General Motors' loss-making carmaker Saab Automobile said on Friday it would seek legal protection from creditors to allow it to restructure and seek new funding.

Faced with mountainous debts, parent GM is itself restructuring, and in a plan submitted to the U.S. Treasury this week it said loss-making Saab would become an independent business as of January 1, 2010.

Saab made an operating loss of 2.19 billion Swedish crowns in 2007, according to regulatory filings.

We explored and will continue to explore all available options for funding and/or selling Saab, and it was determined a formal reorganization would be the best way to create a truly independent entity that is ready for investment, Saab Managing Director Jan-Ake Jonsson said in a statement.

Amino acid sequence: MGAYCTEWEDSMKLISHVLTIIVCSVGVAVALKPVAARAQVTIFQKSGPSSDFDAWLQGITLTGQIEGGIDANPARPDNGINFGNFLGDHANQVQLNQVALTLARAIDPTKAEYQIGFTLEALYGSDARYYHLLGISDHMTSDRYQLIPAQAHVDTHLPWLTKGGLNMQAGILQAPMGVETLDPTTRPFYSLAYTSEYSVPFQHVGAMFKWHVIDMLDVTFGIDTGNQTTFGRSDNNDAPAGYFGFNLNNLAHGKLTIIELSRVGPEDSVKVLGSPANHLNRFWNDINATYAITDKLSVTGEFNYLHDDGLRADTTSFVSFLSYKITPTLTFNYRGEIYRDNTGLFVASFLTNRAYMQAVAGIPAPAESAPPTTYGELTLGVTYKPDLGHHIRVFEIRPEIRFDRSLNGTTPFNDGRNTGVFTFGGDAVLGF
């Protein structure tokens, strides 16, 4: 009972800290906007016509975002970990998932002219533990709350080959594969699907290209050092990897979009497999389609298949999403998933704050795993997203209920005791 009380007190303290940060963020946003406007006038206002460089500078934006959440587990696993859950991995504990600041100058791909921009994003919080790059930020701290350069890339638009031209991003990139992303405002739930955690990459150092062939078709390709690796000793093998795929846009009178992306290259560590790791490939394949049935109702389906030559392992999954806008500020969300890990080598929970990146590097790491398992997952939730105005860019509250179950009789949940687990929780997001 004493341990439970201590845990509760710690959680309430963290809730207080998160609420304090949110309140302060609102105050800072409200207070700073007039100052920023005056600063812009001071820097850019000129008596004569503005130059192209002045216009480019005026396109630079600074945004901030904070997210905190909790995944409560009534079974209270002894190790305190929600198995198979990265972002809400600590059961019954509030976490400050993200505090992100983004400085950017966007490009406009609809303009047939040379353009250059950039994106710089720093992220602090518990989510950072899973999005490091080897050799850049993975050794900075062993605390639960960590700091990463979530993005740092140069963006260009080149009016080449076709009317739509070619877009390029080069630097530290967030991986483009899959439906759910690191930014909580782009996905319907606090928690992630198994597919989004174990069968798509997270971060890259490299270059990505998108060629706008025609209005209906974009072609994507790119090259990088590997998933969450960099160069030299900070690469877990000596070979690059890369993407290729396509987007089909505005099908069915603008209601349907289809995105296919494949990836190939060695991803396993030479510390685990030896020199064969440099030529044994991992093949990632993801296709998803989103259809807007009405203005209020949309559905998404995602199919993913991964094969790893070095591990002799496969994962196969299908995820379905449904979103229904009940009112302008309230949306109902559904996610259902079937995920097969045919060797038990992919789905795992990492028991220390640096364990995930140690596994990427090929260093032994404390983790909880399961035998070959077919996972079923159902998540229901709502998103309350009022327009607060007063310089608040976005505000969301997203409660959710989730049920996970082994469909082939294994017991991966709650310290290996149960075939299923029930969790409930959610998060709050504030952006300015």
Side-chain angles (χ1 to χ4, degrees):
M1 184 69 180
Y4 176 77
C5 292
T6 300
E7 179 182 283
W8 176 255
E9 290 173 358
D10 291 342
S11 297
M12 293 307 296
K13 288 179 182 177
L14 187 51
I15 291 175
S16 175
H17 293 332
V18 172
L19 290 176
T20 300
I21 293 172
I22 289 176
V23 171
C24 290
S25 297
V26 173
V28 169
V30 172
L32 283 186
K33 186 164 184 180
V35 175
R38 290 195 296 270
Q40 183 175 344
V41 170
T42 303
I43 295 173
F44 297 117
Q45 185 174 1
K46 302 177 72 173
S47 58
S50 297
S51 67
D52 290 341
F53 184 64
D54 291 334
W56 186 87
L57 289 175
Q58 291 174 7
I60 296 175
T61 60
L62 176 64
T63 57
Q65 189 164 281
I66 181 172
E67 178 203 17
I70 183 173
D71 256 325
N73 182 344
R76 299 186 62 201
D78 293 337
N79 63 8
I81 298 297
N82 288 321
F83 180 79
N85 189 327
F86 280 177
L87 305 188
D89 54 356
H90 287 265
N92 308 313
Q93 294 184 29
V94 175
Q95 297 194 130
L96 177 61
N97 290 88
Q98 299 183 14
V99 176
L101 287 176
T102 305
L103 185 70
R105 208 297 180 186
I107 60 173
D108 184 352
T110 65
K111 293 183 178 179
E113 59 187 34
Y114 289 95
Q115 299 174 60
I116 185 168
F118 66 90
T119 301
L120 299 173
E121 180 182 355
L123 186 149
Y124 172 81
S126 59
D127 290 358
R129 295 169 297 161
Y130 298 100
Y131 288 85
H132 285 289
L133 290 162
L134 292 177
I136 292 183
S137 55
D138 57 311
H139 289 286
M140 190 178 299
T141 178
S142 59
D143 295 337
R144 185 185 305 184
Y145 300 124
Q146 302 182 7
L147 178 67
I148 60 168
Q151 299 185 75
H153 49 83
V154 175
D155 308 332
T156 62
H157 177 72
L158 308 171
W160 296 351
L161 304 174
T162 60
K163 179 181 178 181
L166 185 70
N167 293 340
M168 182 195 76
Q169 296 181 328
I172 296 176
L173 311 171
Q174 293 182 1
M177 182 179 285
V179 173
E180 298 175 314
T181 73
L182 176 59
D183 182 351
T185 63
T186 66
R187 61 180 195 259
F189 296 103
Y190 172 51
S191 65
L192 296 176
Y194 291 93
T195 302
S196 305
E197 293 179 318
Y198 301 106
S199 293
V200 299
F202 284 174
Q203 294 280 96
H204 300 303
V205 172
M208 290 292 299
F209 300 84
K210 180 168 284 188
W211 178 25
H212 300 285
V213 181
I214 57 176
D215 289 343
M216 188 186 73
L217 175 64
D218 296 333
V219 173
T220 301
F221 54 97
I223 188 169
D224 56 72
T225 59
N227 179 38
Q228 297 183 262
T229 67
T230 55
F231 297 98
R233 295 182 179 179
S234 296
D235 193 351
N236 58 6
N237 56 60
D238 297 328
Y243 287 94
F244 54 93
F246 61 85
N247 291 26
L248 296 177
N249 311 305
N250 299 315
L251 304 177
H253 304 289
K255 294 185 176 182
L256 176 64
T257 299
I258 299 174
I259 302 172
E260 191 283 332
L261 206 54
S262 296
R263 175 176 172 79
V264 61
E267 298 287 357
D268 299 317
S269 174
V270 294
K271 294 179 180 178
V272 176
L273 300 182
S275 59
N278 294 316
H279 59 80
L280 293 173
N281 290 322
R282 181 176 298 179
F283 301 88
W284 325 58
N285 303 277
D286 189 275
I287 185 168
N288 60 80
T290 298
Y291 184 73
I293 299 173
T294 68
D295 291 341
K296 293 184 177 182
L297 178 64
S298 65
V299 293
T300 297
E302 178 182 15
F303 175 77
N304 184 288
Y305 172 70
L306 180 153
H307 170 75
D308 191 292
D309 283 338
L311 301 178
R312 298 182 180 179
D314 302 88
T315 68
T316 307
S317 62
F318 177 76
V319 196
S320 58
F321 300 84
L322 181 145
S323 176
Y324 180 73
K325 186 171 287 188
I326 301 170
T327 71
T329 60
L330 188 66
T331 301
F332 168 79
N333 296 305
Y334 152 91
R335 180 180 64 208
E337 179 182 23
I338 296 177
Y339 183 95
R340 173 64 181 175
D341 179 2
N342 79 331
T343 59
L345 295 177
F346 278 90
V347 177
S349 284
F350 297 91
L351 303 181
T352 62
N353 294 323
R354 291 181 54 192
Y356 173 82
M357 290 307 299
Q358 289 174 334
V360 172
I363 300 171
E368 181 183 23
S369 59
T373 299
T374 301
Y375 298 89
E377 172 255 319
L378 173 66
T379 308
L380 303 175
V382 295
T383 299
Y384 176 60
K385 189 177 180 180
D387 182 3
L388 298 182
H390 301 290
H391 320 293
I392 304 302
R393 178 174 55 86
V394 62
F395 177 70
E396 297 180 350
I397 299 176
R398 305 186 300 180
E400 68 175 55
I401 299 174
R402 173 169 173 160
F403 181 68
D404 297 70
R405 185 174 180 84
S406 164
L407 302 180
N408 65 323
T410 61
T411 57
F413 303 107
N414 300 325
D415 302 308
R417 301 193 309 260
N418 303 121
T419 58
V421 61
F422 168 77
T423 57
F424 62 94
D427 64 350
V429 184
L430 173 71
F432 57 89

Saab said funding for the restructured company will need to be secured during the reorganization process and will be sought from both public and private sources.

Swedish daily Dagens Industri said on Friday that Saab parent GM is prepared to pump in $400 million to help make its Saab car unit profitable if the Swedish state guarantees a further loan of $590 million to Saab.

Part of the money would be used to launch new models and part to cover the loss made by Saab last year. The goal is to reach annual sales of 120,000-130,000 vehicles, which would make the firm profitable by 2011 or 2012, Dagens Industri said, quoting unnamed sources.

Many analysts believe Saab would need much more money pumped into it to turn it around.

A reorganization filing, which is an alternative to an outright bankruptcy filing, would be made with a Swedish court, after which the viability of continuing operations would be assessed.

(Editing by Will Waterman)